Idaho voters reject Propositions 1, 2, 3

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Three Idaho propositions dealing with education were rejected by many Idaho voters last week. Before the election, the propositions created controversy across Idaho and inspired multiple television ads that sported and opposed the propositions. EMILY RUST | Scroll Illustration
Three Idaho propositions dealing with education were rejected by many Idaho voters last week. Before the election, the propositions created controversy across Idaho and inspired multiple television ads that sported and opposed the propositions. EMILY RUST | Scroll Illustration

Idaho voters rejected educational reforms presented in the form of Propositions 1, 2 and 3 — also known as the Students Come First legislation package — Nov. 6.
The $180 million, 8-year contract between Hewlett-Packard Co. and the state of Idaho, which would have provided every high school student with a laptop computer, will no longer be in effect due to the recent voting down of the propositions.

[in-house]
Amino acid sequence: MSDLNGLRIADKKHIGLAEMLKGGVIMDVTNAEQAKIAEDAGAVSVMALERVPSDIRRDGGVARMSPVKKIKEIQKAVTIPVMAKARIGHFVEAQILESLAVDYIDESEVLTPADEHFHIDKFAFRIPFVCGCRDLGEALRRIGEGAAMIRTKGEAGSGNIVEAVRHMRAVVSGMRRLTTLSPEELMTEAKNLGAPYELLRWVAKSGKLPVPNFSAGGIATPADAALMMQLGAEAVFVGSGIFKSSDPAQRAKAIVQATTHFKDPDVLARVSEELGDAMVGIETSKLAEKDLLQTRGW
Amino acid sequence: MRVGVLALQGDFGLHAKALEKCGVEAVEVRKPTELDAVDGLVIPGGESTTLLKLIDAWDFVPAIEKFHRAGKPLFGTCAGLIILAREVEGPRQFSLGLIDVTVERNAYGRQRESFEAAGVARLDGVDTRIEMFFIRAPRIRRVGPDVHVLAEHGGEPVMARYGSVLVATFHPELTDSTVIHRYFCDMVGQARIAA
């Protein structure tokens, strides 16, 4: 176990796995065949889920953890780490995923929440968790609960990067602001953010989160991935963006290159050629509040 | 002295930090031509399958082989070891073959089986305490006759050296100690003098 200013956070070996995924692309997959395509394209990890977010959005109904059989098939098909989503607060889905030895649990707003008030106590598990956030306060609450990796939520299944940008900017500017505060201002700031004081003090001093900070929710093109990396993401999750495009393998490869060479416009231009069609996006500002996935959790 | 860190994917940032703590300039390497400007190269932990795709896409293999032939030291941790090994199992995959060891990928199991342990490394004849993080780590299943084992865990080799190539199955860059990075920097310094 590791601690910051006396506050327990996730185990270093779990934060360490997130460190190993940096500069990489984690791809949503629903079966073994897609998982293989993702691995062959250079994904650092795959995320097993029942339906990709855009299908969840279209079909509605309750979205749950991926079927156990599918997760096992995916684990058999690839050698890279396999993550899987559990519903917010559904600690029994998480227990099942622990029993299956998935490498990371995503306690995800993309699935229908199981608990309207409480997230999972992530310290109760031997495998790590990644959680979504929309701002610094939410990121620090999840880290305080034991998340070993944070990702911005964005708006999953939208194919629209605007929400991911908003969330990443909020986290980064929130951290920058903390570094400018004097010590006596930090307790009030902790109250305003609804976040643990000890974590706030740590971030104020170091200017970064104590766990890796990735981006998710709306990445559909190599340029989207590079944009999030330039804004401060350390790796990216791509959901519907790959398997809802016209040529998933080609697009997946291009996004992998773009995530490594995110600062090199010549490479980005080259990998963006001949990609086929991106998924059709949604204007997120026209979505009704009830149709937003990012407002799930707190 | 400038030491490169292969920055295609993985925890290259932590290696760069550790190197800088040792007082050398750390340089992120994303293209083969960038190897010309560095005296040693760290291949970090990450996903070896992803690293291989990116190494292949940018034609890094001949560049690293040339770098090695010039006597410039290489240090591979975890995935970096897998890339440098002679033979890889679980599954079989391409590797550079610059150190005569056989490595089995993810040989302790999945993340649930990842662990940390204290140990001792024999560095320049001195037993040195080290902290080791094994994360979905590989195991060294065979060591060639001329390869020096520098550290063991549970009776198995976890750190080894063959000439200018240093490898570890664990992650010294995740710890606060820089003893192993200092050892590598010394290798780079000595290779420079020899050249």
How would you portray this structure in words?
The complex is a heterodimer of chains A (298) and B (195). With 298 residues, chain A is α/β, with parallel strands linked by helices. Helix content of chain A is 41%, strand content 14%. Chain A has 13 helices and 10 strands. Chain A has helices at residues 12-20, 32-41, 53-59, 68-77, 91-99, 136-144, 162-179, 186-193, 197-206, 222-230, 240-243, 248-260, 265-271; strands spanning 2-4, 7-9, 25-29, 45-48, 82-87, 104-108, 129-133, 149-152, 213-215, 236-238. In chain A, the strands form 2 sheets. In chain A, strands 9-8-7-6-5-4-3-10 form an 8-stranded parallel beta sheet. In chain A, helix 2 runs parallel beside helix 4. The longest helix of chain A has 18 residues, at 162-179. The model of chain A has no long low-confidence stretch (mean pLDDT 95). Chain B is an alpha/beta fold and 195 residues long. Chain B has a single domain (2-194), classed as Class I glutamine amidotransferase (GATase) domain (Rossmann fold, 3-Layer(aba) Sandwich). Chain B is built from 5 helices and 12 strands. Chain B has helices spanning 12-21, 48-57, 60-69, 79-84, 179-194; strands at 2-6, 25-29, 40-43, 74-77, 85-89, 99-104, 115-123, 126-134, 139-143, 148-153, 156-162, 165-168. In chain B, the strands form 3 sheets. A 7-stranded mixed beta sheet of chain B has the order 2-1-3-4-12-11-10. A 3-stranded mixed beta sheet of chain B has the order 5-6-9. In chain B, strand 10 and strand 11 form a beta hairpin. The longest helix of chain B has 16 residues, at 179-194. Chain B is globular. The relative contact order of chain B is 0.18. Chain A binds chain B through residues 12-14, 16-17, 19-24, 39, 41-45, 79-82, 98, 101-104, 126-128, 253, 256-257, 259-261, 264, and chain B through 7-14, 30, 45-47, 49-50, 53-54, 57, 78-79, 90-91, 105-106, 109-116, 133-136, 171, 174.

Serintendent of Public Instruction Tom Luna proposed these education laws in 2011. His involvement in these laws inspired their nickname: the Luna laws.
Of the 968 precincts’ votes, according to www.localnews8.com, 57 percent of voters voted against Proposition 1, which dealt with labor relations such as teacher contracts, early retirement programs for teachers and annual teacher evaluations.
Proposition 2, which included teacher and administration bonuses corresponding to the increase of student test scores, had a 58 percent refusal and 42 percent acceptance.
The last of these 18-month-old laws, Proposition 3 stated that part of the state’s education fund will go toward new technology in the classroom.
This was the most drastically rejected of the three, with 67 percent of voters in opposition and only 33 percent in favor of the propositions.
According to the Associated Press, the campaign in favor of saving the propositions was one of the most expensive in Idaho history, costing about $6 million.